The journalists who were victims of the wave of violence at the beginning of 2022 have common denominators such as being independent or working on their own native digital projects on local issues of politics, insecurity and corruption.
After López Obrador revealed what journalist Carlos Loret de Mola allegedly earns in a year, more than 64 thousand people joined a Twitter Space in which the actions of the president and the growing violence against the press in Mexico were condemned. To date, more than 1.5 million people have listened to the audio recording.
Whether in Mexico or Ecuador, as in Colombia, Honduras or Nicaragua, the coverage of violence has posed new challenges for journalists, because the traditional concept of armed conflict is being challenged in the region. The diversity of armed groups also means broadening the definition of the term. It is not just regular security forces, such as armies or police, and paramilitary groups such as guerrillas, but it can also involve drug traffickers, gang members or private security forces.
So far in February, Mexico has recorded an attempted assassination of a journalist, two beaten photojournalists and the murder of the son of a well-known journalist from Tijuana, in addition to verbal attacks and disqualifications to members of the press from the Presidency.
For the second year in a row, President Jair Bolsonaro is the lead attacker of the press in Brazil, according to an annual survey by the National Federation of Journalists. According to the organization, the upcoming national and state elections in October, when Bolsonaro seeks re-election, will increase the risk for journalism in the country in 2022.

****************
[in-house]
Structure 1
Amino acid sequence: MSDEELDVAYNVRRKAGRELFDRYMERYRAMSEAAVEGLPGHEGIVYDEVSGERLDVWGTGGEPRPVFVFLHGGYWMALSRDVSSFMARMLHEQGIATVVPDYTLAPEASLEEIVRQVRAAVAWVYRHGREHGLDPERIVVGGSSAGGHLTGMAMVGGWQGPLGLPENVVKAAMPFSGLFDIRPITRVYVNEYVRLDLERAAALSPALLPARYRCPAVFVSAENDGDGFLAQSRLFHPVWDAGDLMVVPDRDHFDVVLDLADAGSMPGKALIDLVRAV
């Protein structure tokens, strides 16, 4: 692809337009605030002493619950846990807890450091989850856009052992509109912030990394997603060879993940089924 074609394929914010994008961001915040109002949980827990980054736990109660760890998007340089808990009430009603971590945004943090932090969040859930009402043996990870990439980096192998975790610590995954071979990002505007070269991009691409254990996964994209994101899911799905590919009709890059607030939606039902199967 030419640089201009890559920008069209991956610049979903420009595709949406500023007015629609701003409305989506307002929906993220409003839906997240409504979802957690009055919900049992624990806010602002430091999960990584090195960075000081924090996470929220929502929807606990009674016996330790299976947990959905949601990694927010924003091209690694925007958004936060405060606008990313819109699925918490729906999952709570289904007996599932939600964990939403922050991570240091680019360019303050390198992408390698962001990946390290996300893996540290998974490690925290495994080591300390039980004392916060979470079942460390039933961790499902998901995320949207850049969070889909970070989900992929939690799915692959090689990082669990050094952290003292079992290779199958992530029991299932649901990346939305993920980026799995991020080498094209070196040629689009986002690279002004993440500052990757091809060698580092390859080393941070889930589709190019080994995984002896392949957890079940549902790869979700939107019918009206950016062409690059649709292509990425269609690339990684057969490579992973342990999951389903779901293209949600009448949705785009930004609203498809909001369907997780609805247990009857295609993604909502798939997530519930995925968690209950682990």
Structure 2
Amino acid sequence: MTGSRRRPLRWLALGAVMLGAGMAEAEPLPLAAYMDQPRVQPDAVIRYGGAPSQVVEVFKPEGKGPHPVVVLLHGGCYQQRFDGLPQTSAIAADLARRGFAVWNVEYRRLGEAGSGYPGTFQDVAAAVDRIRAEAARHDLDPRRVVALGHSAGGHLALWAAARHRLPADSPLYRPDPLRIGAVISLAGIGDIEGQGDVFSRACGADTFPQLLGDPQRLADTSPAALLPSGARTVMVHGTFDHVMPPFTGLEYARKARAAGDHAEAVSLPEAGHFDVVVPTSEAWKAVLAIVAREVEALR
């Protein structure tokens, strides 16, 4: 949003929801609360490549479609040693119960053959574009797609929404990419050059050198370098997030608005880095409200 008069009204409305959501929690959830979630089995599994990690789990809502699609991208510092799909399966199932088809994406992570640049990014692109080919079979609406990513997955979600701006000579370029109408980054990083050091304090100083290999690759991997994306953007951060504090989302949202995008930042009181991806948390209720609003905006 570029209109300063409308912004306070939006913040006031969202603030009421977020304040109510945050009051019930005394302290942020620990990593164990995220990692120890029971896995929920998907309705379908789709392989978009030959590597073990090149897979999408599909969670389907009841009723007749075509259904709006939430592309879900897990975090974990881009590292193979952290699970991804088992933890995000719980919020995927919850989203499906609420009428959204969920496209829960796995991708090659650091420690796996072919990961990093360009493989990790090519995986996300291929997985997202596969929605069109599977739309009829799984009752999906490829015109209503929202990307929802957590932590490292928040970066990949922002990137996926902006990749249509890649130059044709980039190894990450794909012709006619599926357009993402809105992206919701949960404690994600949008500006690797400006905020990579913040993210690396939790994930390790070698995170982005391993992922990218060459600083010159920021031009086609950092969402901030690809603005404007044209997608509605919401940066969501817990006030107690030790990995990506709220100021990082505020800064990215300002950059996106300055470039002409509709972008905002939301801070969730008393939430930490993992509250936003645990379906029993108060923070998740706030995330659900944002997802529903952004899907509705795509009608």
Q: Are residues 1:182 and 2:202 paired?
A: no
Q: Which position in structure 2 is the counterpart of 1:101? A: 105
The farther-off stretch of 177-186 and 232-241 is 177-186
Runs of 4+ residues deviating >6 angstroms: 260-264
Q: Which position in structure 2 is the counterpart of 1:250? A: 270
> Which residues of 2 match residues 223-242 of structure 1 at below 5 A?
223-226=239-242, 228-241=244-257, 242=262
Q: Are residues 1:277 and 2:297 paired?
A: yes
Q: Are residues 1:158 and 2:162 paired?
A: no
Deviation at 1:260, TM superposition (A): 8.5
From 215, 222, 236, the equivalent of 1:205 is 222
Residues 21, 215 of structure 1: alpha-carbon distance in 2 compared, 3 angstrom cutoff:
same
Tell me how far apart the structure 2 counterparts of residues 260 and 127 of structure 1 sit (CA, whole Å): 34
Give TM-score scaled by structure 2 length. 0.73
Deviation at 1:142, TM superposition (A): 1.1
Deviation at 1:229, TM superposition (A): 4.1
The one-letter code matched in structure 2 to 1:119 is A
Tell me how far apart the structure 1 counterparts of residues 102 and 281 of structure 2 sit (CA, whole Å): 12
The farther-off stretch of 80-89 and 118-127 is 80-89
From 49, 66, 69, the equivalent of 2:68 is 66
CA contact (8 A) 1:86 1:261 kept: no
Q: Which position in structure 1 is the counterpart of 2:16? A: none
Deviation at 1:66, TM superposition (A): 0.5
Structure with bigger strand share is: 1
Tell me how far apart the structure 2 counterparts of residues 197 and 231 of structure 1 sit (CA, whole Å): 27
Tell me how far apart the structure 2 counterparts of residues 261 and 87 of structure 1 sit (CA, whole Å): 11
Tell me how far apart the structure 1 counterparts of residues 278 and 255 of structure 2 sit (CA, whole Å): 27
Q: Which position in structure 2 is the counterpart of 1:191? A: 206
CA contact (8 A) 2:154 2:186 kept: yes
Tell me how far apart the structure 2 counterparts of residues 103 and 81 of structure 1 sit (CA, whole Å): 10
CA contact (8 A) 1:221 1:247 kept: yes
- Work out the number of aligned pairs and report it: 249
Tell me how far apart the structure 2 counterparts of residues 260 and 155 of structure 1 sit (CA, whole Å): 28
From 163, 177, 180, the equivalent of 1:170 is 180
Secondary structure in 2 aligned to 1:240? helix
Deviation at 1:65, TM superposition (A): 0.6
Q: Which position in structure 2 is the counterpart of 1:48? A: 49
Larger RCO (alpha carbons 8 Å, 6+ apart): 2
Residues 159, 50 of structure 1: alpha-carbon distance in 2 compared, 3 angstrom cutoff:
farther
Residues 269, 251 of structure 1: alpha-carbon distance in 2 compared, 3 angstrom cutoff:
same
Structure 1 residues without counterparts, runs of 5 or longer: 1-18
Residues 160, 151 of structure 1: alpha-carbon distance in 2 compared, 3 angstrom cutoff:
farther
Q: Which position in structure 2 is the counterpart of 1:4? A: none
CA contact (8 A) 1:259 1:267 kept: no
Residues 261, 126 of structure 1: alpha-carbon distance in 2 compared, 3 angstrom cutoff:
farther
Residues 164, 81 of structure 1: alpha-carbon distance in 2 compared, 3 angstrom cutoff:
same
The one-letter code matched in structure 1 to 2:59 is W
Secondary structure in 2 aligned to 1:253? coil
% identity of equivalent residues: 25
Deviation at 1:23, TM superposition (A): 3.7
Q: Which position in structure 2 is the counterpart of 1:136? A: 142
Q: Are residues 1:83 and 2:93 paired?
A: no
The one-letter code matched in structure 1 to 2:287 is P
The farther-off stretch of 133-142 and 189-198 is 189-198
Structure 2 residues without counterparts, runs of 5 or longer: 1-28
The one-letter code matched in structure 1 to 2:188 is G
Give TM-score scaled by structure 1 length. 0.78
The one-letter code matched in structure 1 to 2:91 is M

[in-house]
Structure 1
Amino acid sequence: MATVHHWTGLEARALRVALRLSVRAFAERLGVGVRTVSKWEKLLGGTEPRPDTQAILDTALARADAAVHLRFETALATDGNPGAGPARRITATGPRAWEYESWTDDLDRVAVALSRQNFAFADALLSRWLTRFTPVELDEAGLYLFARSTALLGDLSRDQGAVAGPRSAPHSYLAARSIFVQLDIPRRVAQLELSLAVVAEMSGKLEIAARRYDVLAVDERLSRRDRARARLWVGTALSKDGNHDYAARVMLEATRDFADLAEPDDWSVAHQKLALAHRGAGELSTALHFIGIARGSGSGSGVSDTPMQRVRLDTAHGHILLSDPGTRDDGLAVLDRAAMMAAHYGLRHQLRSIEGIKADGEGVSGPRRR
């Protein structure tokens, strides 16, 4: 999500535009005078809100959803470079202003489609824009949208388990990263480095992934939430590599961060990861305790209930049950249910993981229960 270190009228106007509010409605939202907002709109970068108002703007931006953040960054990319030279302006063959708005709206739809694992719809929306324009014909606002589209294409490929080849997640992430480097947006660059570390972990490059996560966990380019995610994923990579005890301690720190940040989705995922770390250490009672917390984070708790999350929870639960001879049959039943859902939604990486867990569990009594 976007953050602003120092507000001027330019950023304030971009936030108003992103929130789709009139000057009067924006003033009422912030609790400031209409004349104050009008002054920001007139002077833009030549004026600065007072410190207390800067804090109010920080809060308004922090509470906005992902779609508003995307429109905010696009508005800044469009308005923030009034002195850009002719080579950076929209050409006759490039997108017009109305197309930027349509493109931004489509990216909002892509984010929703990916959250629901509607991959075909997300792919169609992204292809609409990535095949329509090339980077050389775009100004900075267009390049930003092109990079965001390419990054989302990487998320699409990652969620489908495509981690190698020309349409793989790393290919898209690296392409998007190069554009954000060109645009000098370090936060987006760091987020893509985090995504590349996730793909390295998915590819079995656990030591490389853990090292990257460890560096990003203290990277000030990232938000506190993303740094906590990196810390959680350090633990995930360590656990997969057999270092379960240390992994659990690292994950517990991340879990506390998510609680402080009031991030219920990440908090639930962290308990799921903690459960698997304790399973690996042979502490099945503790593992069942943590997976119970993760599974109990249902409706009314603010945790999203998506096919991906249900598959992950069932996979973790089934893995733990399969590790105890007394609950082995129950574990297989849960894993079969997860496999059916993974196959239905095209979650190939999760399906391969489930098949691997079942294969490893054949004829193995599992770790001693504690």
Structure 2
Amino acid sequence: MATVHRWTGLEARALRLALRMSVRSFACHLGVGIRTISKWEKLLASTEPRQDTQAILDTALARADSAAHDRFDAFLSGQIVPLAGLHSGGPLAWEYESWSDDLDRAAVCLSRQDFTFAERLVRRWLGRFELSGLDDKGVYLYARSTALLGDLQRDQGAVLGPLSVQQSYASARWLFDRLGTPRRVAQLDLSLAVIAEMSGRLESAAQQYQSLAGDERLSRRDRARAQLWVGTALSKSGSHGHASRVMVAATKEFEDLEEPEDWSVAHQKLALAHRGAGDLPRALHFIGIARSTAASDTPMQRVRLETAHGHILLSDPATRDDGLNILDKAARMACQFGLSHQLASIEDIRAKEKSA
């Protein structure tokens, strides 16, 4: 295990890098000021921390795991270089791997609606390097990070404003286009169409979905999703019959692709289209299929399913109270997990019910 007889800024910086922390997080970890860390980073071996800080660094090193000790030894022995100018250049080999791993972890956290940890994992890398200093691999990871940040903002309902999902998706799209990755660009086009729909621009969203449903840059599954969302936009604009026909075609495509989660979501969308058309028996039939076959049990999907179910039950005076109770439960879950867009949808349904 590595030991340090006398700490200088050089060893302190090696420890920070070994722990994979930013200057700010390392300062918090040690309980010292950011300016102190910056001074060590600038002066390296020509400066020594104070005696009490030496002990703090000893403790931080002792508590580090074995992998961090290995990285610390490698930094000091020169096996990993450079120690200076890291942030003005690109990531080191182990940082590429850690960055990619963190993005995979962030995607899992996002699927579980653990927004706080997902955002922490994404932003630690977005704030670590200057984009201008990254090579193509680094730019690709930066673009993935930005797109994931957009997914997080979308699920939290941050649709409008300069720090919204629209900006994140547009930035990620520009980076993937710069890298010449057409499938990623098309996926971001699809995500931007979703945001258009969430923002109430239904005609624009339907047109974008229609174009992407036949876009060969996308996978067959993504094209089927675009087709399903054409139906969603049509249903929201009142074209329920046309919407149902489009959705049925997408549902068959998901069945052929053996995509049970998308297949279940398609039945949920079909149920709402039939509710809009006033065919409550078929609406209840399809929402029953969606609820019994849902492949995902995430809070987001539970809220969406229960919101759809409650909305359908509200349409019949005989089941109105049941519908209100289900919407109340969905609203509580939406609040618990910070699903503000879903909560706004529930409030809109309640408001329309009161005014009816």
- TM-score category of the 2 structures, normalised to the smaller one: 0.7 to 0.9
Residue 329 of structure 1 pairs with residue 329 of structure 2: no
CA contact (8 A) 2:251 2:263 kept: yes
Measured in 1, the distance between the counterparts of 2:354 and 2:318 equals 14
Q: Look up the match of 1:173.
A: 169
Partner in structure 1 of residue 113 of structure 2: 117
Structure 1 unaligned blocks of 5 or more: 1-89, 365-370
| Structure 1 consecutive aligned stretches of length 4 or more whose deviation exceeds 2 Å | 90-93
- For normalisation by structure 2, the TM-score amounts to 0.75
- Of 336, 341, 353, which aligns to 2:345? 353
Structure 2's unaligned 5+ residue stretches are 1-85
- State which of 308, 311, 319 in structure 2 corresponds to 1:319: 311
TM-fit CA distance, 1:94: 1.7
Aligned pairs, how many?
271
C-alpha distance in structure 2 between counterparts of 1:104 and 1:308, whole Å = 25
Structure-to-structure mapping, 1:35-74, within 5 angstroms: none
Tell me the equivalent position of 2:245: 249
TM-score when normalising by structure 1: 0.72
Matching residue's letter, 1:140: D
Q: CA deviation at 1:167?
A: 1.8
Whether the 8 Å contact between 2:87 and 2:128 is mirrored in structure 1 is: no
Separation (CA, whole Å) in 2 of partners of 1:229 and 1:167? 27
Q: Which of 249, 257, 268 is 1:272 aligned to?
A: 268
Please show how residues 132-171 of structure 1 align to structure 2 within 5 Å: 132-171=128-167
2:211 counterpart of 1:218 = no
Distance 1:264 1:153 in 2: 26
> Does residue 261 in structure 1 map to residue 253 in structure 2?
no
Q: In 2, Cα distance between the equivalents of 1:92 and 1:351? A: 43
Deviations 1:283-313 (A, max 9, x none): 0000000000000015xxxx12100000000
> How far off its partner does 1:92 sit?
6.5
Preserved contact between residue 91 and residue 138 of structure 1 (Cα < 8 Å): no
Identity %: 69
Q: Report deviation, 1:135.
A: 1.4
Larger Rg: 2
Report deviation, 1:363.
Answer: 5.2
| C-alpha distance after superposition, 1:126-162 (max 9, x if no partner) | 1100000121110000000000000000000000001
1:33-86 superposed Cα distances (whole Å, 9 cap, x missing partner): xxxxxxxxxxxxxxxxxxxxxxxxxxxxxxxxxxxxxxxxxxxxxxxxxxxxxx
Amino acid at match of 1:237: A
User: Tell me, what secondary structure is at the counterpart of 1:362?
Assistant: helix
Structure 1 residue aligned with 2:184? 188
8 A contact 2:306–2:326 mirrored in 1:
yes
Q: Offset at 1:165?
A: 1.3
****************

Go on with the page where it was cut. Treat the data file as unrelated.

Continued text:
On January 25, 1997, photojournalist José Luis Cabezas was kidnapped, beaten, murdered, and cremated in a vacant lot on the Atlantic coast. On the 25th anniversary of his crime, the Argentine Journalism Forum (FOPEA) invited 25 journalists to remember him with anecdotes and reflections on what his death represents for Argentine journalism.
In the first month of 2022, Latin America took the lead as the deadliest region for the press, with seven journalists killed: four in Mexico, two in Haiti and one in Honduras.
Three years after personally asking the President of Mexico for protection, journalist Lourdes Maldonado was shot dead in Tijuana. She is joined by two other colleagues who died violently in the country in less than a month, which colleagues, press freedom organizations, and citizens condemned.
In 2021, 702 cases of abuse of power and violence against the press by the Daniel Ortega regime were recorded, almost double the 360 reported in 2020. Attacks on independent media outlets are in the lead, with 469 reported cases.
For at least four years, journalist Juliana Dal Piva has been trying to “understand who is Jair Bolsonaro,” as she said in an interview with LatAm Journalism Review (LJR). She is perhaps one of the Brazilian journalists most dedicated to that mission. Read below the interview with Juliana Dal Piva, the first in the "Five Questions" series, which we are premiering at LJR. (The interview has been edited for clarity and brevity).